Kyle Cubr reviews “Purple Noon” on Cine-File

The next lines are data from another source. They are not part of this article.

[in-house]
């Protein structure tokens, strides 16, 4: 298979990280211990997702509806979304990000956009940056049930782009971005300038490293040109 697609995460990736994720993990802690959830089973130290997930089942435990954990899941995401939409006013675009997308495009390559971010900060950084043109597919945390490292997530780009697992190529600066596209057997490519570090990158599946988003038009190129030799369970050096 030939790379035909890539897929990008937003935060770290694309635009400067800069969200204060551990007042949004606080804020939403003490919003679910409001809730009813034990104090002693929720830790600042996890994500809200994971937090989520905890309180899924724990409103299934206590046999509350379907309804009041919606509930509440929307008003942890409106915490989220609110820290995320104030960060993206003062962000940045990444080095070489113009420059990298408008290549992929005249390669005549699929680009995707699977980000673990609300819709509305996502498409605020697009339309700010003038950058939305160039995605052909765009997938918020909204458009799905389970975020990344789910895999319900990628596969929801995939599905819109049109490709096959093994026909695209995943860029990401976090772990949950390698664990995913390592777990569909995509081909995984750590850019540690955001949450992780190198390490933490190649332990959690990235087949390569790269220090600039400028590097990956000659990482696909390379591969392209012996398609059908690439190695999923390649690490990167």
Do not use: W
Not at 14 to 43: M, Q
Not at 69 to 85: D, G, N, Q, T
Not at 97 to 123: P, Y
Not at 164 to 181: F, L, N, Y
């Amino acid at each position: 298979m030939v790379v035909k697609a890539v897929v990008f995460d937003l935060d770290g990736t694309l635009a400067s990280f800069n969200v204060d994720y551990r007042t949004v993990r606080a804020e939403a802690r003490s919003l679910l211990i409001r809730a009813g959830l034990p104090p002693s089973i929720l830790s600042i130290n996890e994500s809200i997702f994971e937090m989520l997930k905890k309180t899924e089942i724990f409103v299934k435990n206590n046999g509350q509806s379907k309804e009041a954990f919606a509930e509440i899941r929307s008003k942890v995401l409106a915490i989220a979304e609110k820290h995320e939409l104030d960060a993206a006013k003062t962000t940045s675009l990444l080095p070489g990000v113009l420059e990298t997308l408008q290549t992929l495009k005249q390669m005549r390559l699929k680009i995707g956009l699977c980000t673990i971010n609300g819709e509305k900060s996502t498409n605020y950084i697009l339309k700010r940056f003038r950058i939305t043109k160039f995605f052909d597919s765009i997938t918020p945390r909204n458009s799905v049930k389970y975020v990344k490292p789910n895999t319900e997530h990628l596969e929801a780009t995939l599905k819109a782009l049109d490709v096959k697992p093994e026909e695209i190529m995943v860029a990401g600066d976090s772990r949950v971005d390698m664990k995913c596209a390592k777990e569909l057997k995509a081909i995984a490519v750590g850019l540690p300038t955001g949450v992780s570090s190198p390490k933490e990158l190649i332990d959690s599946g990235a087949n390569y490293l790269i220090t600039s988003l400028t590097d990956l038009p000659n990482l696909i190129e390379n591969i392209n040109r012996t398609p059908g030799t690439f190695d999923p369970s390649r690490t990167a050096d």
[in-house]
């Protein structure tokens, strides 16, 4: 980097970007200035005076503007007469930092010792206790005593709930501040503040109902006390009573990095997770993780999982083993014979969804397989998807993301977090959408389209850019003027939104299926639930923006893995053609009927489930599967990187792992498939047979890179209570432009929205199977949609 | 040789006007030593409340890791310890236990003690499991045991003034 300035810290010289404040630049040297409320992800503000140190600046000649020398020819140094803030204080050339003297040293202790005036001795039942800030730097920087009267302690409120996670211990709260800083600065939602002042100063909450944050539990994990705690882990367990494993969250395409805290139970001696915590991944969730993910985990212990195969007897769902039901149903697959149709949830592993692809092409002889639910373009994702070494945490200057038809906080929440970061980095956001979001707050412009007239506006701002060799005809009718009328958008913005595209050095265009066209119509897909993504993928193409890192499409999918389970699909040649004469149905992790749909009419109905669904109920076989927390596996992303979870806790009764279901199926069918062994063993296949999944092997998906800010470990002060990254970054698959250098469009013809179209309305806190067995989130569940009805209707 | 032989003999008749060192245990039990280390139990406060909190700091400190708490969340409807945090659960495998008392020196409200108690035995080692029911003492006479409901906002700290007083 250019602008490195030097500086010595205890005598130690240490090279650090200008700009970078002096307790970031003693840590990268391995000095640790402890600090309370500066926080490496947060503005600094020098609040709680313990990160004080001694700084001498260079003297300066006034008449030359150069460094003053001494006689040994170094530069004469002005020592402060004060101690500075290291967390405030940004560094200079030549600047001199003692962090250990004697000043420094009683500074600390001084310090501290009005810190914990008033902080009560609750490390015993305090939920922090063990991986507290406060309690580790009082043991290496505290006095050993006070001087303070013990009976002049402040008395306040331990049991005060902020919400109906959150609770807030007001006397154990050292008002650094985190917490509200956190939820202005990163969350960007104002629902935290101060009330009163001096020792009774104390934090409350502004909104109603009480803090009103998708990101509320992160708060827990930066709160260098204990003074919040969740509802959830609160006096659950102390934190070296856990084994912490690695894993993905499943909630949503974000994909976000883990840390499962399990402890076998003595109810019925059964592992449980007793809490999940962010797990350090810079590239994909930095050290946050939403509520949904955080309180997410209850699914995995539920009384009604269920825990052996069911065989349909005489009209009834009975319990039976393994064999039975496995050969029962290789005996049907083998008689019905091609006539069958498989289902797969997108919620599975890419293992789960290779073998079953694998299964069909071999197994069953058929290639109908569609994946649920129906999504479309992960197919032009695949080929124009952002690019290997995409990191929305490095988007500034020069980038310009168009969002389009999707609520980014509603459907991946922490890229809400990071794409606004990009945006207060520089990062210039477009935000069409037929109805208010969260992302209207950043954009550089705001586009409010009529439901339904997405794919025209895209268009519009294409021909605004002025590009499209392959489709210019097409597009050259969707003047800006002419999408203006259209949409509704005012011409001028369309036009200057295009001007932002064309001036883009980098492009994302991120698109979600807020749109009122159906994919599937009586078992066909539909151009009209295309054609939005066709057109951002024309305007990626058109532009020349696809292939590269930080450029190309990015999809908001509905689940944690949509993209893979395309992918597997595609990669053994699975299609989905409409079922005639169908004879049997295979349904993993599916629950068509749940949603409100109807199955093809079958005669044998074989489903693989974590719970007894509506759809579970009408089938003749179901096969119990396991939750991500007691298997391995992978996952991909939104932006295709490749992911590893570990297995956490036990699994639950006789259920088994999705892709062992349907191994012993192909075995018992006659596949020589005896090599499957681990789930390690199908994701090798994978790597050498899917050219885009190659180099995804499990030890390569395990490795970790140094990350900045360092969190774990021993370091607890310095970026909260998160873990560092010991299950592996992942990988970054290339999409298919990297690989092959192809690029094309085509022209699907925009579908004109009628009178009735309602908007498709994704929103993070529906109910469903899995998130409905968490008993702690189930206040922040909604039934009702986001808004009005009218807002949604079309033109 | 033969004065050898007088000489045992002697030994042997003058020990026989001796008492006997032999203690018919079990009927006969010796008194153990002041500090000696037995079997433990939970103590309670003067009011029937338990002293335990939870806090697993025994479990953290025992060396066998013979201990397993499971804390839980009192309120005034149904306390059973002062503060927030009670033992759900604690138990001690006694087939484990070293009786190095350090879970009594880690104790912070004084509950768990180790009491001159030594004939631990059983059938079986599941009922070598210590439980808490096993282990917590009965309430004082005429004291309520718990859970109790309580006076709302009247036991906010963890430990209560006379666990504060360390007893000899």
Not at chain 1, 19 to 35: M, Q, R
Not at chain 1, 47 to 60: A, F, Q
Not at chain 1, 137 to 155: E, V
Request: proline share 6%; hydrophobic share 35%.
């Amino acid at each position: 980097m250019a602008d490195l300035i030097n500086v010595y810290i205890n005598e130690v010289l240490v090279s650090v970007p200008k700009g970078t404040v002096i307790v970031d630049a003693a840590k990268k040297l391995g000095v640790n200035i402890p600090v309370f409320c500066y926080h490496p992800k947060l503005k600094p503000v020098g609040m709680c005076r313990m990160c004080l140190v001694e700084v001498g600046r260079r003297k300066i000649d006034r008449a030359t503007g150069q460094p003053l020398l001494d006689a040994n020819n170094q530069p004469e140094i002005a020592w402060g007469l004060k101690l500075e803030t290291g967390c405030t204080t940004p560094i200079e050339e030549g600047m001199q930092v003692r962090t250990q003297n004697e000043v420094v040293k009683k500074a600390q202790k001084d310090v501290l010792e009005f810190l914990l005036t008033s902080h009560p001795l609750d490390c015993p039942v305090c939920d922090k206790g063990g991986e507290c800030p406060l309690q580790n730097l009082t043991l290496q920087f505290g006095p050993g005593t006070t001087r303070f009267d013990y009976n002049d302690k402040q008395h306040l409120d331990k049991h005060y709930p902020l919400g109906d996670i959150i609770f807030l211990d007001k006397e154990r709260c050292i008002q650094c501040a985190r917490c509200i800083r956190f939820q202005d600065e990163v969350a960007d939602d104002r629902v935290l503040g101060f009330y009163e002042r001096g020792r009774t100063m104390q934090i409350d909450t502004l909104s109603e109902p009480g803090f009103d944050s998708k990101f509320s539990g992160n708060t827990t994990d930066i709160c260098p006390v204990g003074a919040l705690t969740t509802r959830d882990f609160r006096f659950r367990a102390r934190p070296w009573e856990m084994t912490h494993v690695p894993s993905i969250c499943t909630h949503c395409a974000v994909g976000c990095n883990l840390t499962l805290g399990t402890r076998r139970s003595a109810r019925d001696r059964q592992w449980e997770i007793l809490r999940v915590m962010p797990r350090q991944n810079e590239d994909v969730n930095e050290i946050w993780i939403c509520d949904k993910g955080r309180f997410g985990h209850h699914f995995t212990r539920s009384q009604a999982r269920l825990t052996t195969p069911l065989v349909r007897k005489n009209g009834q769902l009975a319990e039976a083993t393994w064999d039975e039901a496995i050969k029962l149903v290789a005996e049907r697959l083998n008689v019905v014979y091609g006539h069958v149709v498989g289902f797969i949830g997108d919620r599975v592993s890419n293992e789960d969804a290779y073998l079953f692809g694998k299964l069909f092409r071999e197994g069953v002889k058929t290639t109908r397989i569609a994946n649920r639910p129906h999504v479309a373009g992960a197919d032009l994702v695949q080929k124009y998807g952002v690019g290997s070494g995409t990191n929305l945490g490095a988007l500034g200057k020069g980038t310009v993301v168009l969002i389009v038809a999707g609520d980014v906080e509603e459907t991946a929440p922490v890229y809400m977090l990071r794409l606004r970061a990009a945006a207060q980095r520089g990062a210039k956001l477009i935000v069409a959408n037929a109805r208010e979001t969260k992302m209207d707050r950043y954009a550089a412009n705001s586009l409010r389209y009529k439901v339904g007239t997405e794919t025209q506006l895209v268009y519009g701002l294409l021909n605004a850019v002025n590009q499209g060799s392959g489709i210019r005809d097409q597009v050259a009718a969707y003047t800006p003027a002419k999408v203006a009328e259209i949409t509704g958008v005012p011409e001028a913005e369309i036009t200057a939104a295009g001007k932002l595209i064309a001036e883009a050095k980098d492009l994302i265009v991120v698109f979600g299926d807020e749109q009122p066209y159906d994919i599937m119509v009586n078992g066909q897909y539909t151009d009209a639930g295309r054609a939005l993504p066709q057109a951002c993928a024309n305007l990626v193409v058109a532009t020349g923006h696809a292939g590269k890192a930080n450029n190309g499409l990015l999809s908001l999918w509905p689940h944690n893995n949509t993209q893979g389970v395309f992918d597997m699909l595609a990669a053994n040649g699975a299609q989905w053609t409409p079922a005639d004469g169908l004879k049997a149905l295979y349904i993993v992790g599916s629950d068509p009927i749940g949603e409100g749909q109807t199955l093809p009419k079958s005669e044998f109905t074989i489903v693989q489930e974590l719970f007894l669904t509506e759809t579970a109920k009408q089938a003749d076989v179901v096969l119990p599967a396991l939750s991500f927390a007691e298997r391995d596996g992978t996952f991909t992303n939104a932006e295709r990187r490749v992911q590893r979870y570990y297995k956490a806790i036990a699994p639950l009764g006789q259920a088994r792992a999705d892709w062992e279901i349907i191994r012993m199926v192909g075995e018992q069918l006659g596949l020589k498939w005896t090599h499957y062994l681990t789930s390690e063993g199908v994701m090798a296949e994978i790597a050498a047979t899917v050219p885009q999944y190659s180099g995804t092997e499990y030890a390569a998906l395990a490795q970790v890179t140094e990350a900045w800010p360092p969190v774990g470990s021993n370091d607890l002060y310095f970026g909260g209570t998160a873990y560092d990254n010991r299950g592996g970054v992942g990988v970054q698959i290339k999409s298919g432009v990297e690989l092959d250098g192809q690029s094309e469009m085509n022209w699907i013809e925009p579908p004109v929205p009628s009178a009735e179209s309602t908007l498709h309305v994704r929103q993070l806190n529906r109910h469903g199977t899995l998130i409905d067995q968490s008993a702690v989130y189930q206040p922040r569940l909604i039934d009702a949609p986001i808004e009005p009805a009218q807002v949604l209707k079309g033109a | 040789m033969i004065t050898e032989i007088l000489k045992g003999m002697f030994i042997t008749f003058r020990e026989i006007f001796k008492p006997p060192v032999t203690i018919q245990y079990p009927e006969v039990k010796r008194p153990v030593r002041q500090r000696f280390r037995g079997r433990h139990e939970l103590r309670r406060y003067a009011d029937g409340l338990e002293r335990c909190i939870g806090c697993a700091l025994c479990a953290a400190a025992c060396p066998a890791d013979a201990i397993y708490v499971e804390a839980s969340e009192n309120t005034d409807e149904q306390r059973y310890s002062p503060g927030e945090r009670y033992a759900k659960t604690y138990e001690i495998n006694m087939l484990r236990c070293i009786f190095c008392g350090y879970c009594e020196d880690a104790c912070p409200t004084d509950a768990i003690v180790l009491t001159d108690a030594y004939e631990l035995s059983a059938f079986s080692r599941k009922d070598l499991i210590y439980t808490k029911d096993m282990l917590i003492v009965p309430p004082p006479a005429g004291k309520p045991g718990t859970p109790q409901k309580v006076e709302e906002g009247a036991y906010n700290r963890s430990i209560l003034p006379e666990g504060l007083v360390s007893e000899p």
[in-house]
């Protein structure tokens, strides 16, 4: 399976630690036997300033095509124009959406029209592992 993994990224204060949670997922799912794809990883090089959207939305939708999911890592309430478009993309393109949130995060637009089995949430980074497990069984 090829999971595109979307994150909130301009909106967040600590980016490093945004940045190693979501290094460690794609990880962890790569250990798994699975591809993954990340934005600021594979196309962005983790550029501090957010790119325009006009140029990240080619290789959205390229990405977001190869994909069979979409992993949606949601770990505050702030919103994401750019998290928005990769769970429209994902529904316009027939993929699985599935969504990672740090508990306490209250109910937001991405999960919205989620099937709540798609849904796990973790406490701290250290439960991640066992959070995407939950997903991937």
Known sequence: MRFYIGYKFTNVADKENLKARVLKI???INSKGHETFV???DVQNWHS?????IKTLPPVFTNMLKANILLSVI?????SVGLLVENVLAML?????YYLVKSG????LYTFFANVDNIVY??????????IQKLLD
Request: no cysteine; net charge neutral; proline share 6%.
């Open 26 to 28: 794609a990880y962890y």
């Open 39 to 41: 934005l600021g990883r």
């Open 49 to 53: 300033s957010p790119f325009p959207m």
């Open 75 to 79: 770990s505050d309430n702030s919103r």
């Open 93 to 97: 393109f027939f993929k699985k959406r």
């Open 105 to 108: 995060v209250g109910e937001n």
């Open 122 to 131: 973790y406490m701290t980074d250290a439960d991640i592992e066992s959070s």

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NOTE: Spoilers! — Loosely adapted from Patricia Highsmith’s novel The Talented Mr. Ripley, René Clément’s PURPLE NOON circles around conman Tom Ripley’s (Alain Delon) exploits to persuade his wealthy friend Phillipe Greenleaf (Maurice Ronet) to return to the United States and take over his father’s business with Tom believing that he’ll share in the money. While on a yachting trip with Phillipe’s girlfriend, Marge (Marie Laforêt), Tom is nearly left stranded by Phillipe when the dinghy he’s forced into that is being towed by the boat breaks free and goes unnoticed. After Tom is brought back aboard from his near exile, Marge gets into a fight with Phillipe (thanks to Tom’s meddling) and demands to be put ashore. Much of this sequence feels like a sort of precursor to Polanski’s KNIFE IN THE WATER. Now alone with each other and back at sea, Tom kills Phillipe when it’s revealed he had no intention of returning to the United States. Tom assumes Phillipe’s identity via his forgery skills and Phillipe’s typewriter so that he may finally live the lavish life he has just caught a taste for. Clément’s film has a bright color palette that juxtaposes the nefarious actions occurring on screen. The idyllic Italian settings of coastal towns and Rome make for picturesque hiding places as Tom tries to stay one step ahead of Phillipe’s family, friends and Marge, whom all believe Phillipe to still be alive, as well as the police, when a friend of Phillipe’s is murdered after nearly discovering Tom’s ruse. Delon’s debonair charm suits his character fantastically and would go on to be similarly utilized a few years’ time with Melville’s LE SAMOURAÏ. What’s most interesting about PURPLE NOON is Tom’s motivations for his actions. Is it just something he did for fun that went too far? Is it because he’s envious of his friend’s life and girlfriend? Or maybe is it because he’s inclined to be anyone and everyone but himself? Like an animal trapped in a corner, Tom will do anything to survive. His perseverance makes PURPLE NOON an enrapturing and satisfying viewing.

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